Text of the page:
(Bathing Men by Edvard Munch)
Visiting art museums is a holy time for me. The whole experience oils the mechanics of my creativity & fills me w/ fresh enthusiasm towards art and the art life.
But if you’re not in the habit of being mindful, you could accidentally miss it. How tragic to passively peruse dozens of works of art…and then realize you were worrying about some bullshit the whole time!
Ideally, walking through an art exhibit of any kind should and absolutely can produce the following positive results inside you:
- Admiration and enthusiasm for the imagination of your fellow artists and the collective human imagination.
- Loads of inspiration to produce your own art!
Here’s a few easy ways to get the most out of your next art museum experience:
- Schedule your art museum on a day you actually have time to absorb it. (Don’t squeeze it in between dropping off some mail and rushing over to the grocery store for some fresh pasta)
- Practice mindfulness as you view the art. Let the thoughts come and go. Become aware of your breath. Breathe in and out. Notice the paintings. Examine their texture, colors, the choices the artist made. Look deeply at the painting and just breathe and be there with it. Become aware of the church-like quiet of the museum. Disentangle from your thought loops simply by becoming conscious of them. Once you do this, you’ll enter the moment. Your consciousness will increase. You’ll be better able to process the stimuli around you.
So, take your time. Breathe. Discover new art. Enjoy it. Keep that feeling w/ you for the rest of the day. Then, go home and do something.
Ever feel the impulse to knock out some fast art when you’re on holiday?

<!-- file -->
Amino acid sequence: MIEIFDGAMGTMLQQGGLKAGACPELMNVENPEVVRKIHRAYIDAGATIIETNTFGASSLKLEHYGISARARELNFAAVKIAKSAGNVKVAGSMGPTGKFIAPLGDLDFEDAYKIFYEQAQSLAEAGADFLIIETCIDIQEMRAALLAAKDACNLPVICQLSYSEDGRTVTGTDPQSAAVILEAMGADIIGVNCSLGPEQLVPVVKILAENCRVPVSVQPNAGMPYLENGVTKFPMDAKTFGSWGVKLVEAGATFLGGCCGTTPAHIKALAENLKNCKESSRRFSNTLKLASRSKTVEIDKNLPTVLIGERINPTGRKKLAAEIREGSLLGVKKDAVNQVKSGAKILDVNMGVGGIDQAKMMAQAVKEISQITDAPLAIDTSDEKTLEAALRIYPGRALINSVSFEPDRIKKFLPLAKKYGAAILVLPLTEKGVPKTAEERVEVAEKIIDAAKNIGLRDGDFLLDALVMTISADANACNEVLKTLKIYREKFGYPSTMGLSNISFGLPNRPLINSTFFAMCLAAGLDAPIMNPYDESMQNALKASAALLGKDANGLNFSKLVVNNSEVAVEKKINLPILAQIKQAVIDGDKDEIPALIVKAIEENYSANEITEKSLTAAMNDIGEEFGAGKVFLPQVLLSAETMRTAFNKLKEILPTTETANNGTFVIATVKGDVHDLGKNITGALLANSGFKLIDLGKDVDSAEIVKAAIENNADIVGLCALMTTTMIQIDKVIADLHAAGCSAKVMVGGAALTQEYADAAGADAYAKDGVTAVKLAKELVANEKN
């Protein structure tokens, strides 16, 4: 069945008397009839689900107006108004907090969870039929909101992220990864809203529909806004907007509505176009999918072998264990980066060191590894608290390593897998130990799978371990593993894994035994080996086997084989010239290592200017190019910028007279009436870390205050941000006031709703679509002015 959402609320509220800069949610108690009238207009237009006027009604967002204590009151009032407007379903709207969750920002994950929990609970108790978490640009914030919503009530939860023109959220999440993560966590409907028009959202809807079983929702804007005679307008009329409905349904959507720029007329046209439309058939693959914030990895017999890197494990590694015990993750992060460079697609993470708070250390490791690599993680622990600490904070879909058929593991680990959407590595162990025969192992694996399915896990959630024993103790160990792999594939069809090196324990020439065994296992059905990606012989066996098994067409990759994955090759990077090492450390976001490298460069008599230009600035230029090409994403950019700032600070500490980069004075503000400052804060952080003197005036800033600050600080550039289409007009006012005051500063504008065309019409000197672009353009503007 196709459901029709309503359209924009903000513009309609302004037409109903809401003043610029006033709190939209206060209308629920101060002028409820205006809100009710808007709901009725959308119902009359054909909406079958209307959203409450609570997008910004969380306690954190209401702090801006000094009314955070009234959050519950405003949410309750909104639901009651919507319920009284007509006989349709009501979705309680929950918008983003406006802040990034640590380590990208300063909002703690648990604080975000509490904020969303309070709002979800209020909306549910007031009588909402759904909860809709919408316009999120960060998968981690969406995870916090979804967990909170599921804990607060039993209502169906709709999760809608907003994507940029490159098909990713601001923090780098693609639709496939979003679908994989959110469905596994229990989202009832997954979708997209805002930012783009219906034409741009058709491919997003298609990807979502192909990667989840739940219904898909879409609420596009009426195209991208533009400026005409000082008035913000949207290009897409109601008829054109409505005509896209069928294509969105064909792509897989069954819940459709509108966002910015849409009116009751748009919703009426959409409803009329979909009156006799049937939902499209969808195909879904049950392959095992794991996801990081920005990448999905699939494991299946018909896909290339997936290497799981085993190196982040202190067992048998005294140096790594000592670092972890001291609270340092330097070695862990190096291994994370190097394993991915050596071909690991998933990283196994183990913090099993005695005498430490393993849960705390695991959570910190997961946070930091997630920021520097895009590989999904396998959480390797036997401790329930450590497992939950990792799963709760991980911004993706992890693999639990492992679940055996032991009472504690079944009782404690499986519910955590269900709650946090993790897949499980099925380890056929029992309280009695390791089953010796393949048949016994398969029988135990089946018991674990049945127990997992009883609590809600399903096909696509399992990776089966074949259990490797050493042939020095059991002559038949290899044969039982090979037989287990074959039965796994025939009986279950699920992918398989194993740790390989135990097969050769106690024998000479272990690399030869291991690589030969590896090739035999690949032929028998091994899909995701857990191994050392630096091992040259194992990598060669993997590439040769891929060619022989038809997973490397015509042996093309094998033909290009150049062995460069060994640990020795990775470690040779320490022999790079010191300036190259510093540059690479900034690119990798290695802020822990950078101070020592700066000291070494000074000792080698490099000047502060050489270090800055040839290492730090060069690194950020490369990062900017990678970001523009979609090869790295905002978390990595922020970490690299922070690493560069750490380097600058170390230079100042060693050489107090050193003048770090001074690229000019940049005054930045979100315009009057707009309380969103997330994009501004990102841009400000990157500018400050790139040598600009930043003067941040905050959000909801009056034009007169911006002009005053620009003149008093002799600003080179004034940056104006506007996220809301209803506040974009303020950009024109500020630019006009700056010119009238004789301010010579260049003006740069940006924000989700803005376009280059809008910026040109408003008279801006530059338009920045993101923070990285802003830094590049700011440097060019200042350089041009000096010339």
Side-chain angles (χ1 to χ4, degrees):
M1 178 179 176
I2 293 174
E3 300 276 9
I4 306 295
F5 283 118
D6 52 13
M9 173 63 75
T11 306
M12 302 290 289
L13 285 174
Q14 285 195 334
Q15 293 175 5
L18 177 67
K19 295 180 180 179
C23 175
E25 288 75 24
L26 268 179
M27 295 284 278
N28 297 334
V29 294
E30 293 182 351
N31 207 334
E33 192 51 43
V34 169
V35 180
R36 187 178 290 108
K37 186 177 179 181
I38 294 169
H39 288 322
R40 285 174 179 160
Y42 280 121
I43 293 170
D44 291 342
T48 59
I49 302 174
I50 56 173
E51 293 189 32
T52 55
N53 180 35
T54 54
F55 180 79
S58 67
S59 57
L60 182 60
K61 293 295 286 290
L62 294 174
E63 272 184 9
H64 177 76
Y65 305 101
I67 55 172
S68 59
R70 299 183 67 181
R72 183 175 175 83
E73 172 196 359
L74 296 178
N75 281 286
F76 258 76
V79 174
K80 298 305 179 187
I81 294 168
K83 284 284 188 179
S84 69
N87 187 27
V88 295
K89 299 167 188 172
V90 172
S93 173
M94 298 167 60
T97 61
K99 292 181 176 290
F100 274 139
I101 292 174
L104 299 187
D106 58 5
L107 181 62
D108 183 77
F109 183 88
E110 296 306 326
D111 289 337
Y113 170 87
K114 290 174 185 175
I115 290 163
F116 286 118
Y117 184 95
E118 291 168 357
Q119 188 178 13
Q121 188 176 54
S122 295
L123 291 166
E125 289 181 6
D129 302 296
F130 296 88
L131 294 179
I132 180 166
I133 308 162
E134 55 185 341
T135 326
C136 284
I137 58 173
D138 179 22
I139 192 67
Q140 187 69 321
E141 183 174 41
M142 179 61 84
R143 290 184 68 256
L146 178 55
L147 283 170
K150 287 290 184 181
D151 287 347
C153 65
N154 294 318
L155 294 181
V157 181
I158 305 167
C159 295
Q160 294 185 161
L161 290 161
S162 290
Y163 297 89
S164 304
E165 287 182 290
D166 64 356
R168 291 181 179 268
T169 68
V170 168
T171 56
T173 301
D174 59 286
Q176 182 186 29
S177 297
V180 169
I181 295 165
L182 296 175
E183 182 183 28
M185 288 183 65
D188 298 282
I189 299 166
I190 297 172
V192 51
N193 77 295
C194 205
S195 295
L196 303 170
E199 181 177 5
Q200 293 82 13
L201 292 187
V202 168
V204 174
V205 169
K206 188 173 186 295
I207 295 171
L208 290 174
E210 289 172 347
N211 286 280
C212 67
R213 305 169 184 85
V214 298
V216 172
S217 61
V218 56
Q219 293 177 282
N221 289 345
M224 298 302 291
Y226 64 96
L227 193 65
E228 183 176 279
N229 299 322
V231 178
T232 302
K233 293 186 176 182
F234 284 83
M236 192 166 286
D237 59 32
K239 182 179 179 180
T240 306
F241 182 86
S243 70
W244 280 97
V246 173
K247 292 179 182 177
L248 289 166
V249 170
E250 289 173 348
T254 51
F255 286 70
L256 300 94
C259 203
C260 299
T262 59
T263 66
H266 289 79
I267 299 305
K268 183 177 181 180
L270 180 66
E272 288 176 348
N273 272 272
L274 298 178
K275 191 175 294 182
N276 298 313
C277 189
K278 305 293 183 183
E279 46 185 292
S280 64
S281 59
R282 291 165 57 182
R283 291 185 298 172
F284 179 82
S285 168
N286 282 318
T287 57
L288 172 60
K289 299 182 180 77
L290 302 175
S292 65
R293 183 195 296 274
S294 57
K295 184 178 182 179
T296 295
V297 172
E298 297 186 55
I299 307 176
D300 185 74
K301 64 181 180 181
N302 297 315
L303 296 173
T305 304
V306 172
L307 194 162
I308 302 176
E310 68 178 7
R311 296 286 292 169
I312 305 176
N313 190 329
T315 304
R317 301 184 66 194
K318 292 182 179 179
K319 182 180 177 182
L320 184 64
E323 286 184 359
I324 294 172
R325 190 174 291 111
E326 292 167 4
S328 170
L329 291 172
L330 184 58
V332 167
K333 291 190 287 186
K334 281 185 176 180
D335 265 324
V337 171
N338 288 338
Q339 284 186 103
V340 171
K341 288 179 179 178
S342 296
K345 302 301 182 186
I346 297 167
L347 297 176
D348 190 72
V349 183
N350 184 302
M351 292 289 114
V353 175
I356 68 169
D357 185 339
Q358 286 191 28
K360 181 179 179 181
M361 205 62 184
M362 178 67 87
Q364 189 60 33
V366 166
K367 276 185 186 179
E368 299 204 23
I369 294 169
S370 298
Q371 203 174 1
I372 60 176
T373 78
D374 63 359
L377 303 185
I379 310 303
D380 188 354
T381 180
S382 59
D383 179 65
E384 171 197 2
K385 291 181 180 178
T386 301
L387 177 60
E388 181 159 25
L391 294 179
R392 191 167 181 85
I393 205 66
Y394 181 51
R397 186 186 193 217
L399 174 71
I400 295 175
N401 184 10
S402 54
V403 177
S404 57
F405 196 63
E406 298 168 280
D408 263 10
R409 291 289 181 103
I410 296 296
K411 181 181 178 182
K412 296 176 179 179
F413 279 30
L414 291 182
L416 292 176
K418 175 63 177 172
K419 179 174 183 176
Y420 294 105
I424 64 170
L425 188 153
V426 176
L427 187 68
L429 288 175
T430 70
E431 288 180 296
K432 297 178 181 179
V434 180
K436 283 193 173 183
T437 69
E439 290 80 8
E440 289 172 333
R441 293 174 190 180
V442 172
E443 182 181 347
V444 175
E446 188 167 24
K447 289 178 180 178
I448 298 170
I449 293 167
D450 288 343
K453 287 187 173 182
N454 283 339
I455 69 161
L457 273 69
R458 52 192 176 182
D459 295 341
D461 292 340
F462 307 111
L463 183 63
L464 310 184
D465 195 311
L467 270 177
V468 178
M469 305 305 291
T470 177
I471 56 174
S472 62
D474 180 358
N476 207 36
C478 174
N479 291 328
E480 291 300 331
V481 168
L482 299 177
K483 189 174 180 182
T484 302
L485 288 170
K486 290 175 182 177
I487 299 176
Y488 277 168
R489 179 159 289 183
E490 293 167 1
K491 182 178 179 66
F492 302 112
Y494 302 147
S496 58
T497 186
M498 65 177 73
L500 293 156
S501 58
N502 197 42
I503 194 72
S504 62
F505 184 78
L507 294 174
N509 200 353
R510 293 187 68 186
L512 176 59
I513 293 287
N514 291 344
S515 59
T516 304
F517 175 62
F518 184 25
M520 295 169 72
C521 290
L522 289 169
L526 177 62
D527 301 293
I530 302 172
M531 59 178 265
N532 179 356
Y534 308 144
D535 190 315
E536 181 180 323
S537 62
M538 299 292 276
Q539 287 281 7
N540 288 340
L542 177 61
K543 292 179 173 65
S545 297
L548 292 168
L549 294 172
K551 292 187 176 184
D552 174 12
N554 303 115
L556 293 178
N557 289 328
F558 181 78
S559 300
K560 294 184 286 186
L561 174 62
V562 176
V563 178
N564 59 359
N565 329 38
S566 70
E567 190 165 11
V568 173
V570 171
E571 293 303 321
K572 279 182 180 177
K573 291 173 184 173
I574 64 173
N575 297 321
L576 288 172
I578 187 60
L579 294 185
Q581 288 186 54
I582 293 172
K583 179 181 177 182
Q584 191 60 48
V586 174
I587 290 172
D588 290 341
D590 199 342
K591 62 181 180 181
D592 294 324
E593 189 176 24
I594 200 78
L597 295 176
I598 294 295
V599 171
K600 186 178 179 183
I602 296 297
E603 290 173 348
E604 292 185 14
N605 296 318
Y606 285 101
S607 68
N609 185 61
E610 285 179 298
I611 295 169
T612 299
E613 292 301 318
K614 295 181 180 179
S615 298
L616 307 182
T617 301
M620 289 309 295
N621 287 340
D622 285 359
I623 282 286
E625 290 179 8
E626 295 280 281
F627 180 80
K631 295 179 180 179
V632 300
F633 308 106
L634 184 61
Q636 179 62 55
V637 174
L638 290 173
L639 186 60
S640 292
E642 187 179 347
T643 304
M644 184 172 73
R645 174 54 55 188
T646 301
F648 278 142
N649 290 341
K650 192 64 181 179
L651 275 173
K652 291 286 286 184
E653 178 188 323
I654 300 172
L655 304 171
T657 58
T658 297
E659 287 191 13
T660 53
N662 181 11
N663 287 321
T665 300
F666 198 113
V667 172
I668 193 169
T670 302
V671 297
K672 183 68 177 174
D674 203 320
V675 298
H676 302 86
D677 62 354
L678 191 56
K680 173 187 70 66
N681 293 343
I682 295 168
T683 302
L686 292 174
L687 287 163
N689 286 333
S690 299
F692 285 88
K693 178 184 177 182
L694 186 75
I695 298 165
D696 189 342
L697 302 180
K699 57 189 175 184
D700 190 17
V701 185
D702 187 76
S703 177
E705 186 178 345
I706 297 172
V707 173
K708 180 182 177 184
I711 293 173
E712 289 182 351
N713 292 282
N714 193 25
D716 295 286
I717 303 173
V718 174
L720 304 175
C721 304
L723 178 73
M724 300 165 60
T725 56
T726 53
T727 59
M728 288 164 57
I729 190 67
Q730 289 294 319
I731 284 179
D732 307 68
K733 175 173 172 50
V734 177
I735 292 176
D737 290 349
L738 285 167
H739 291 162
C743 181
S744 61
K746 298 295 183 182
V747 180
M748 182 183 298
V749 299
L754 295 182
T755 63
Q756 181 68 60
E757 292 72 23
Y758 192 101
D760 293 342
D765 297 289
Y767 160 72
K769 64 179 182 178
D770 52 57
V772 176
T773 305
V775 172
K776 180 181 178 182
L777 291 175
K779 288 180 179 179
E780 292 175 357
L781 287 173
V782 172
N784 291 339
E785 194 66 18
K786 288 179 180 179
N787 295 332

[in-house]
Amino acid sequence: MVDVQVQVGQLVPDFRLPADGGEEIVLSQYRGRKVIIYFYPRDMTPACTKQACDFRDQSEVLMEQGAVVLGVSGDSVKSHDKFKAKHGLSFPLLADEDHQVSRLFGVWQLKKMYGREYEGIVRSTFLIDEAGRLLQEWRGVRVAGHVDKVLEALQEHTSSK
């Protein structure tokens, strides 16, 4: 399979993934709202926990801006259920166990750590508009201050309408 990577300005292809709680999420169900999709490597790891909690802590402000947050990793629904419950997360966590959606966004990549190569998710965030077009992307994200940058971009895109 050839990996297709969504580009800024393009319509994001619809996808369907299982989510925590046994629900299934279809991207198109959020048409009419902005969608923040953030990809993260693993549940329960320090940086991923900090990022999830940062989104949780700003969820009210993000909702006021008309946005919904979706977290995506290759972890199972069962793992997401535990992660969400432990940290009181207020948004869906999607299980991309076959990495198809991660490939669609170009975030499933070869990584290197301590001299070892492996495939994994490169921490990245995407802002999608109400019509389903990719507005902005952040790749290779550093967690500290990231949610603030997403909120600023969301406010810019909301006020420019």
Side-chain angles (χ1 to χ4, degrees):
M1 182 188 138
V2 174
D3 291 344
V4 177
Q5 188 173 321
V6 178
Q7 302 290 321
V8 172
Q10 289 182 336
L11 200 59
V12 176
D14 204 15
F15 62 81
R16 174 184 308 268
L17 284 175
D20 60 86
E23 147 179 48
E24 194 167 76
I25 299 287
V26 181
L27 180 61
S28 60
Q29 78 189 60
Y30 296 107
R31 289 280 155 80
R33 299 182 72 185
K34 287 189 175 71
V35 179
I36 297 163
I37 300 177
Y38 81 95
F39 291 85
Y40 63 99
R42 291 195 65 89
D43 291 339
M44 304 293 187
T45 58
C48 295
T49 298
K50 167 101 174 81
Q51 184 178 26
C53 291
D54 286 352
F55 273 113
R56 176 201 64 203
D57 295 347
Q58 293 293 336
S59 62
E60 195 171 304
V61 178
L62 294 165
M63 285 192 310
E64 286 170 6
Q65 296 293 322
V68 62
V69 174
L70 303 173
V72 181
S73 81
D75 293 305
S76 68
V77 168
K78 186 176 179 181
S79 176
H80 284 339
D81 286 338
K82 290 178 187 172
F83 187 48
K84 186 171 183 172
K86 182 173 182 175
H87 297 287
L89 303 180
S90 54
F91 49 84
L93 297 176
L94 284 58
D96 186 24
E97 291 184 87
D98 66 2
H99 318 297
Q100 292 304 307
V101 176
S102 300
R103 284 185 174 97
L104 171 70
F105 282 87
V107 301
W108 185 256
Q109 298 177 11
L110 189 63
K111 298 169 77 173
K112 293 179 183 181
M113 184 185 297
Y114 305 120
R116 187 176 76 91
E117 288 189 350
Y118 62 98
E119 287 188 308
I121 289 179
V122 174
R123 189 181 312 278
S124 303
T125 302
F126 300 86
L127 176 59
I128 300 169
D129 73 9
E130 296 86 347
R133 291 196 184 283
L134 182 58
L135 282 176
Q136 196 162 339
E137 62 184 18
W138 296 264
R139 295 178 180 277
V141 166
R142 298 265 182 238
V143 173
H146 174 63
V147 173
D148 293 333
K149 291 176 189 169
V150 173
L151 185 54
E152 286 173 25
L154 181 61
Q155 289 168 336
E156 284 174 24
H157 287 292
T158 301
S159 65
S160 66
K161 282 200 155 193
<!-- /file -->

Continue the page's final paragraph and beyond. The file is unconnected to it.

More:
If you’re like me, you probably prefer not to stuff your suitcase full of painting supplies. They’re bulky. They’re messy. Plus paintings often take several days to complete…
Why not bring along a pad of paper & a few markers instead? They’re lighter than paints. They dry instantly and are far more low-maintenance.
Challenge yourself to knock out some fast sketches. If your art life normally involves long-term projects, you’ll be giving yourself the joy of breaking from that pattern. Keep it fast and loose and just see what happens.
Limiting yourself to markers is extremely liberating. You can use them in parks, cafes…anywhere. Draw the people and places around you and your art instantly becomes a cool souvenir from your trip.
So, find room for a slow moment. Focus your mind. Whip out the markers and paper and go for it.
I make you this promise: It will inject a little needed mindfulness into your vacation. You deserve to be present and engaged. Give yourself that gift.
This Matisse painting is called Portrait of Lydia Delectorskaya. I like that Lydia’s been painted w/ the same colors as the Swedish flag and that her hair is misshapen on one side.
This one’s called Les toits de Collioure. Doesn’t it feel like the village you have to go through in the Nintendo game Zelda II—The Adventure of Link?
The videogame being played in my upcoming childrens book The Mannequins was inspired by Kid Icarus.
This afternoon, I watched a Swedish-dubbed Disney movie with my girlfriend’s sister’s daughter and it fueled one of my update-a-fairytale whims.
So now I’m knocking out the basic idea in an e-mail to myself, Charles Mingus’s piano album in the background.
I’ve had some practice now glancing at wikipedia summaries of fairytales and extracting the form and then transforming it on the fly.
I want it to be dark dark dark but also have <3.